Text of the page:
Shunt-reactor switching is by far the most common practice of the inductive-load switching. Shunt reactors are installed for overhead-line capacitance compensation, and switched in or out depending on the momentary line load. Since the shunt reactor can be treated as a lumped circuit element having a stray capacitance, the equivalent load circuit can be simplified to a straightforward LC circuit.
At interruption, actually current chopping, the LC circuit produces voltage oscillations, reaching a maximum voltage Ump, which is the 1 p.u. of the system voltage augmented with the additional current-chopping contribution. Generally, the single-frequency oscillatory TRV is of high frequency, standardized by IEC 62271-110 to values between 6.8 kHz at the rated voltage of 72.5 kV and 1.5 kHz at 800 kV.
Similar to the capacitive-current switching, the reactor current is low enough that interruption can occur after a very short arcing time. This implies that the circuit-breaker gap might have not yet reached a sufficient spacing at current zero to withstand the TRV and, if so, a breakdown is the consequence. In this case, the breakdown is termed a re-ignition because the high-frequency TRV makes it happen within a quarter of a power-frequency period after interruption.
Unlike a restrike in capacitive circuits, the energy delivered to the inductive re-ignition discharge is relatively low, being the discharge of the stray capacitance; a high-frequency re-ignition current will flow briefly and the gap may or may not recover from the event.
During the flow of re-ignition current, the opening gap reaches only a slightly higher breakdown voltage and the subsequent higher TRV, after re-ignition current interruption, will again lead to re-ignition.This is more likely to occur, because, during the brief conducting period, the power-frequency current in the reactor increases slightly, causing the second TRV to be steeper and potentially higher than the previous one. The sequence of re-ignitions is called multiple re-ignitions and the gradual increase in the re-ignition voltage value is called (inductive) voltage escalation.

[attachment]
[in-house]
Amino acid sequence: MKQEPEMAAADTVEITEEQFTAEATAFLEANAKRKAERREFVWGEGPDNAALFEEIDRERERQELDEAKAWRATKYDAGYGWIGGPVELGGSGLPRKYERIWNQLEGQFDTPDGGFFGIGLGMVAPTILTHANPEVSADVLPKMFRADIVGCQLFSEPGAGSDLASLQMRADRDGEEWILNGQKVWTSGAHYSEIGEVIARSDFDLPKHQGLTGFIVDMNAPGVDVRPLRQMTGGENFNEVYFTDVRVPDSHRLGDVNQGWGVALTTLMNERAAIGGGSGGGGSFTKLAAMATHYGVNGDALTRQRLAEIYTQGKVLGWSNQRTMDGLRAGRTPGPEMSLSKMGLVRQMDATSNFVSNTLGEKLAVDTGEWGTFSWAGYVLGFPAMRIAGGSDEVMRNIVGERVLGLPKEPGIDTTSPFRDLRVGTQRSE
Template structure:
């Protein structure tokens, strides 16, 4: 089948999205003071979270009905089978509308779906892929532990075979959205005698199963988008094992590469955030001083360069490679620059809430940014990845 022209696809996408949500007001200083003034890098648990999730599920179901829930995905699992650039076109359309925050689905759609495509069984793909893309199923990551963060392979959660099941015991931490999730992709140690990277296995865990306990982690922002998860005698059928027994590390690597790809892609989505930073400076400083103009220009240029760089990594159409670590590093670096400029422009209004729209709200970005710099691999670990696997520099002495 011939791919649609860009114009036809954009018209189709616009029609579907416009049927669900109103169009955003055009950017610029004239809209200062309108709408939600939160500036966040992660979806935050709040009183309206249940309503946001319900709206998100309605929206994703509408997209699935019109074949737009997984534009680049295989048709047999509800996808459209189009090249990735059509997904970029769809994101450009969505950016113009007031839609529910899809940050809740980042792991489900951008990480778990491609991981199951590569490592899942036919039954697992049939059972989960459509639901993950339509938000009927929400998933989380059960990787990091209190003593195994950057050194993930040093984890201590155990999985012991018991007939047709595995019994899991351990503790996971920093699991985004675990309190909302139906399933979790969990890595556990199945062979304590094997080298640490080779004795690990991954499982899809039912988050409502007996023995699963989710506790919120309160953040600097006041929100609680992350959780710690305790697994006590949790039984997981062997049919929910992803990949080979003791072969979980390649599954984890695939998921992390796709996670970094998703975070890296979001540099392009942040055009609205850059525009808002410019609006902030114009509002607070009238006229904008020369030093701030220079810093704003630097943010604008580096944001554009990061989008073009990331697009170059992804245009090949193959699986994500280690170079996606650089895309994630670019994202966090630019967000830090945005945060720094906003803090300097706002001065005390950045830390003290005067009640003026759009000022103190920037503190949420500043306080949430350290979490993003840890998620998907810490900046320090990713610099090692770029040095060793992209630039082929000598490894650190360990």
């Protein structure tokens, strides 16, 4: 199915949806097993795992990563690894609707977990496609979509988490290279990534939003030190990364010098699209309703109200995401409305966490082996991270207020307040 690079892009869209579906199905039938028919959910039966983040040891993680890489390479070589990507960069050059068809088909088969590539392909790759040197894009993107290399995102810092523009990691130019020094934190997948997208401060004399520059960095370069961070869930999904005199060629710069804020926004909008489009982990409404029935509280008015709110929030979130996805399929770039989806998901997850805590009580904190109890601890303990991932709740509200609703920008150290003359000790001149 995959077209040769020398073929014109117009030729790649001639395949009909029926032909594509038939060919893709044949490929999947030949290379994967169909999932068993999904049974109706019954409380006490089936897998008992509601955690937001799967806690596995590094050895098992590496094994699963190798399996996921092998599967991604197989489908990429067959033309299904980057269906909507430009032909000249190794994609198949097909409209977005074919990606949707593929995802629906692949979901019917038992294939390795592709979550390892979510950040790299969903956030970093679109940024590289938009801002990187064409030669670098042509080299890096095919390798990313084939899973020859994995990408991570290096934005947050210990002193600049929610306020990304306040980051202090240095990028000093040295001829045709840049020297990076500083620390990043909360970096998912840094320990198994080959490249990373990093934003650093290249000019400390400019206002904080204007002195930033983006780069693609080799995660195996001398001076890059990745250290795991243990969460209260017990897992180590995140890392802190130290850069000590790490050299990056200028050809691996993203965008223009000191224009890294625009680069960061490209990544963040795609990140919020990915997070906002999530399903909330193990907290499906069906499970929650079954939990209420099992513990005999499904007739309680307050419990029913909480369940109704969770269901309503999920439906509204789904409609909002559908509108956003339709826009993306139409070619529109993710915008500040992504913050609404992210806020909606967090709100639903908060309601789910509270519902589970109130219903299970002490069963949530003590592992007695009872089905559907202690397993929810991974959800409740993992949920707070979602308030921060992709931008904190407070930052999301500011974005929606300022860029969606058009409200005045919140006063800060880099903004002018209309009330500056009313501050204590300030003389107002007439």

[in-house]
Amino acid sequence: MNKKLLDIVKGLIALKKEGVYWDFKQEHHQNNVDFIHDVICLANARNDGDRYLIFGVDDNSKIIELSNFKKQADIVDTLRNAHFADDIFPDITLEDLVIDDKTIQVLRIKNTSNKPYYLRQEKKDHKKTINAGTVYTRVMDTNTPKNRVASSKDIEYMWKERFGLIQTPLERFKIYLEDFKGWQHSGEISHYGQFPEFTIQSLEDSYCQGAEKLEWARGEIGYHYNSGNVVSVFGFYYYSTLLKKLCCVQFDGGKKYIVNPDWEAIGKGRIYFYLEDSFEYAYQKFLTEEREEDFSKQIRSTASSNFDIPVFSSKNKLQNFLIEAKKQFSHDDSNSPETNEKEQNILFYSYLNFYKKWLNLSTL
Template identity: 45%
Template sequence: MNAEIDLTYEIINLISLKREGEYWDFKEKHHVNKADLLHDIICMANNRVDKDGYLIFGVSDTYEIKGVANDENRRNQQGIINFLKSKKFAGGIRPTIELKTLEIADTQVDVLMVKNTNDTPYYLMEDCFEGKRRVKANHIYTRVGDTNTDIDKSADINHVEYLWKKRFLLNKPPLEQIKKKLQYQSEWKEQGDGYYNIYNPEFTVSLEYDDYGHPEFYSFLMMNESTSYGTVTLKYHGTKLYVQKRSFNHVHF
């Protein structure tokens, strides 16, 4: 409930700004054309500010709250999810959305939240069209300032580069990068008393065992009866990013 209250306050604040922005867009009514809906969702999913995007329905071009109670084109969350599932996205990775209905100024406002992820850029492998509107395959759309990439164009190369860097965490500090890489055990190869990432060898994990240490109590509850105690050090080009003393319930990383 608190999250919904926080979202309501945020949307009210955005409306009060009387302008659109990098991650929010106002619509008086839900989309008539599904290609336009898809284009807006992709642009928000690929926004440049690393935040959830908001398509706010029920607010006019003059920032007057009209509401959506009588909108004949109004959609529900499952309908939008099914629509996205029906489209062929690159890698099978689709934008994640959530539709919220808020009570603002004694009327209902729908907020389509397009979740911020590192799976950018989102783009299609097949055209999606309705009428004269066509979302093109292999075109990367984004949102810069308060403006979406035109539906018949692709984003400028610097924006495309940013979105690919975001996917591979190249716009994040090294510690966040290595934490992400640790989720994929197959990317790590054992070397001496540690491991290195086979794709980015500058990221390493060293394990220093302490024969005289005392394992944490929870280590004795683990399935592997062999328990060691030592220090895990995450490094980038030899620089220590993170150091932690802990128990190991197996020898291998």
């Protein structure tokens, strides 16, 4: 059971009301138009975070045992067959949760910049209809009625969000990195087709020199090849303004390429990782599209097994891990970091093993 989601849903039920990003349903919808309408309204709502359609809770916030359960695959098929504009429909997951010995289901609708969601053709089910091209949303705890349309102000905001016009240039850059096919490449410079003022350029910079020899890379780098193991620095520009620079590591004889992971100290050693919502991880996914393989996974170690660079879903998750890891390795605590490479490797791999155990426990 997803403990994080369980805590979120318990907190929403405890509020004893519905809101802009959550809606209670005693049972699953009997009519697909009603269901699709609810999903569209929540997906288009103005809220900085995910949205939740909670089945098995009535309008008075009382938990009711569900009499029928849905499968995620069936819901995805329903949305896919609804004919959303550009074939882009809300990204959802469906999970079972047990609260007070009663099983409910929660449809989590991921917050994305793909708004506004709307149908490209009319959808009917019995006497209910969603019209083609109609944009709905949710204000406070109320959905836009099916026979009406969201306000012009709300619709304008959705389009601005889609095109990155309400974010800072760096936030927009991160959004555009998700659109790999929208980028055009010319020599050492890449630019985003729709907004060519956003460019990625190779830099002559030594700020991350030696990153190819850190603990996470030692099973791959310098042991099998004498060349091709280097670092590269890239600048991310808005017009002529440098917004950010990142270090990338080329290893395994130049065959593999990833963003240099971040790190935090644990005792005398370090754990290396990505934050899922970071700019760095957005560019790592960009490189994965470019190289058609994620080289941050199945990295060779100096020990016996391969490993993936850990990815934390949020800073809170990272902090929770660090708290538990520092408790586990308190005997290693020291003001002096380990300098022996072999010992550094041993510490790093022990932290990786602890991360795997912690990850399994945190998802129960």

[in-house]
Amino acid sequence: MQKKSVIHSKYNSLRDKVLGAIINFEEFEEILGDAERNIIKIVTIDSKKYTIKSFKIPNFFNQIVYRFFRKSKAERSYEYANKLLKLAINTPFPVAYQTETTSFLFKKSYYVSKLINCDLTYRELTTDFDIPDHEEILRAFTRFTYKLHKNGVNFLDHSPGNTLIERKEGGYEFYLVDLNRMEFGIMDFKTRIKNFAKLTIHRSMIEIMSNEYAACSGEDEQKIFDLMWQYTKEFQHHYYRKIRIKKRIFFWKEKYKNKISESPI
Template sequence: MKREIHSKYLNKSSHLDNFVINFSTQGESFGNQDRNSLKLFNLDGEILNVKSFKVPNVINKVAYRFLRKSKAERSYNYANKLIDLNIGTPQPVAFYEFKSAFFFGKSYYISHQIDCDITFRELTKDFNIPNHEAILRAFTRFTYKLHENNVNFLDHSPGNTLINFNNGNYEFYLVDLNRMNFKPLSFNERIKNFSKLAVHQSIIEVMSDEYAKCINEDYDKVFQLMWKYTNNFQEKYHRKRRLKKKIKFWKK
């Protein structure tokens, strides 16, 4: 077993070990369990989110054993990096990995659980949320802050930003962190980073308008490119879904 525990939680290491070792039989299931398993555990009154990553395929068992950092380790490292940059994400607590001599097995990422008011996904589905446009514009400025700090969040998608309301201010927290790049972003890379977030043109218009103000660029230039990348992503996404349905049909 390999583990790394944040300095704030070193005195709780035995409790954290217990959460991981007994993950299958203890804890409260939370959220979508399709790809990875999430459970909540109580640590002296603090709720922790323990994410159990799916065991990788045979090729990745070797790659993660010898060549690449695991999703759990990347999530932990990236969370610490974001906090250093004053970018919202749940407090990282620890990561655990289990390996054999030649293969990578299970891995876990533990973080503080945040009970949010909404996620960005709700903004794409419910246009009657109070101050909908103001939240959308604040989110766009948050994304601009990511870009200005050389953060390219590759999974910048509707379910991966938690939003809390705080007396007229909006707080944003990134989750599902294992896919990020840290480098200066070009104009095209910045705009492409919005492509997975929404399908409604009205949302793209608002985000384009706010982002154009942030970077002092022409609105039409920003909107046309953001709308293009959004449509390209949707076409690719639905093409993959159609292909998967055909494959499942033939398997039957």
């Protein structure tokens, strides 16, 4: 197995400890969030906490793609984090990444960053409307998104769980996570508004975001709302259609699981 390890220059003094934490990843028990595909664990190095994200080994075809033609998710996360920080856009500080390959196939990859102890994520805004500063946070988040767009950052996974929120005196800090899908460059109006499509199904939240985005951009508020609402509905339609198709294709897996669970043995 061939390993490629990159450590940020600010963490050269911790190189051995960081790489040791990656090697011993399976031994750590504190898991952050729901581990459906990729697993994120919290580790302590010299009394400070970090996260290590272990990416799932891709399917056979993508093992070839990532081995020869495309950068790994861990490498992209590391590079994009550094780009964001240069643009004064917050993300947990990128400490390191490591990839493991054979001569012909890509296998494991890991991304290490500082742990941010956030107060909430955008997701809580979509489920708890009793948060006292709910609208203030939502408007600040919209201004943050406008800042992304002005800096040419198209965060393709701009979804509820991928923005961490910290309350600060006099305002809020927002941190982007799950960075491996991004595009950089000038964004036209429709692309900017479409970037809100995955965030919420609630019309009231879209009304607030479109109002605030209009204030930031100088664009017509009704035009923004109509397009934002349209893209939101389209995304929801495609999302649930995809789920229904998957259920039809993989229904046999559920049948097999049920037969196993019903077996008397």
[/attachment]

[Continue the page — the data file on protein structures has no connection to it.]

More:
Multiple re-ignitions may be onerous for gas and oil circuit-breakers, and this is the reason why the shunt-reactor switching is sometimes termed “a circuit-breaker’s nightmare” – also and not least because it is a daily switching operation.
In this Fig for a SF6 circuit breaker test . Seven re-ignitions can be observed before recovery is achieved. Immediately after re-ignition, a re-ignition current of very high frequency keeps the gap conducting during approximately 100 μs. The maximum voltage reached across the load reactor is 2.3 p.u.Without re-ignitions it would have been 1.08 p.u. due to the very small chopping current. The peak value of TRV is 3.3 p.u.
In this case, despite the very small chopping current, the load voltage reached after multiple.
Multiple re-ignitions of breakers during shunt-reactor switching can be avoided by controlled switching. Using controlled, instead of random contact separation well in advance of current zero, avoids short arcing times and interruption follows when the gap has reached sufficient spacing.
- Transients Due to Switching of 400 kV Shunt Reactor article by :Ivo Uglešić, Božidar Filipović,Franc Jakl,Miroslav Krepela.
- Switching in Electrical Transmission and Distribution Systems Book by René Smeets • Lou van der Sluis,Mirsad Kapetanovic • David Peelo ,Anton Janssen
- Investigation of circuit breaker switching transients for shunt reactors and shunt capacitors by: Mohd Shamir Ramli